My understanding is that you wouldn’t be in legal trouble for having downloaded it (it’s the distribution that’s illegal, which didn’t happen at your end), and I’m sure the Supreme Court ruled that having infringing copies was not the same as having stolen goods. Even though that’s the case, I wouldn’t personally want to keep it if I thought it was infringing.

      Just my thoughts on it, though…

      • Bufo Calvin Says:


        The ASIN did work when I tried the search a different way. You might want to check with Kindle Support and see what they say.

  8. Nancy Says:

    No, I just checked and it’s still there. I found it in a round-about way- I was on the page with the Kindle version of Du Maurier’s “The Doll: The Lost Stories” and clicked on the Author link just below the title- it took me to the page with the Kindle version of “Rebecca” listed first.
    I have already decided that I will have to return the copy if it is indeed pirated. I guess my ratty old paperback copy will still have to suffice.

  9. Nancy Says:

    Wow, just got done live chatting with kindle support rep Manmeet- the man was clueless. I don’t think he’d ever heard of Daphne Du Maurier. But wait- there’s more- Two more Daphne Du Maurier books have shown up for sale in the Kindle store. One of which- “My Cousin Rachel”- isn’t even the actual text- but which seems to be a bad and very much shorter summery of the novel. It just gets weirder and weirder.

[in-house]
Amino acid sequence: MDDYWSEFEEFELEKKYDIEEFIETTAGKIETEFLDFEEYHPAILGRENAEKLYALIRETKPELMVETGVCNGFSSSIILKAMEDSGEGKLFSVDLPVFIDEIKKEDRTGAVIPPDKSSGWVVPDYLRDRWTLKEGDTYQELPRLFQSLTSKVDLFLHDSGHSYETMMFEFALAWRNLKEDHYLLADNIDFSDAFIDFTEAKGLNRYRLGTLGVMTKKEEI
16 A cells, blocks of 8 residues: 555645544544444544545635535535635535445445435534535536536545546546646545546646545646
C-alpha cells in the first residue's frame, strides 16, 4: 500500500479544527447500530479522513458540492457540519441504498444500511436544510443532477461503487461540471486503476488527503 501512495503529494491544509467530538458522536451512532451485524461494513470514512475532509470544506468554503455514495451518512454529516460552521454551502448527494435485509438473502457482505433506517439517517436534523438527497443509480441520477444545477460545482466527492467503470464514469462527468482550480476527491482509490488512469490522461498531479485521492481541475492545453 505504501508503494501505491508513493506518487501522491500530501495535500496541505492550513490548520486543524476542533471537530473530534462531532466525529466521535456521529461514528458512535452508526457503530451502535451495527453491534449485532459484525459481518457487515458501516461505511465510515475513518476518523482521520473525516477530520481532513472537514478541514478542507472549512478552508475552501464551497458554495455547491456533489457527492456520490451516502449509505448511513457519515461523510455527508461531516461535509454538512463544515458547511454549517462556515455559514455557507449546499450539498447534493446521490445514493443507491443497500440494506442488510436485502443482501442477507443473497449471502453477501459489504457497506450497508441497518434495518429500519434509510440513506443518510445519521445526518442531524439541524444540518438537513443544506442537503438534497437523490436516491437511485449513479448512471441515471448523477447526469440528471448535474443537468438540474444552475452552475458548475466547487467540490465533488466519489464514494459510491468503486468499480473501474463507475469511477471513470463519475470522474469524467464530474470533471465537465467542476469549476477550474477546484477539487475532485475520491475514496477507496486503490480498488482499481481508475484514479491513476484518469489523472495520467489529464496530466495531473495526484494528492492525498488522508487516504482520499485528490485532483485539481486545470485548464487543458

• Bufo Calvin Says:

      Thanks for writing, Nancy!

      It does sound to me like these may be unauthorized. The interesting part of that is that you can’t really can’t Amazon to take something down if you aren’t the rightsholder, which makes sense. If Amazon took down a legitimately licensed version (which they can always do if they want) on the basis of a false accusation, that certainly might make publishers leery of using them.

      As to a possible summary: if the book was in the public domain, that would be legal. My guess is that these are being published by someone who is accessing the books where they are in the public domain, and who just doesn’t realize that isn’t the case in the USA. That’s just speculation, though.

  10. Nancy Says:

    Update- The bogus Du Mauriers have now been taken down from the Kindle store.

  11. yeci Says:

    what are you talking about???rebecca was published 75 years ago..so ur older than that?

    • Bufo Calvin Says:

      Thanks for writing, yeci!

      I was talking about the perceptions of what books qualify as classics, and how some people will see a book as a “classic” when others won’t. Specifically, I was relating it to copyright terms.

      I know that humor is sometimes confusing, and I suspect that might be the case with this section: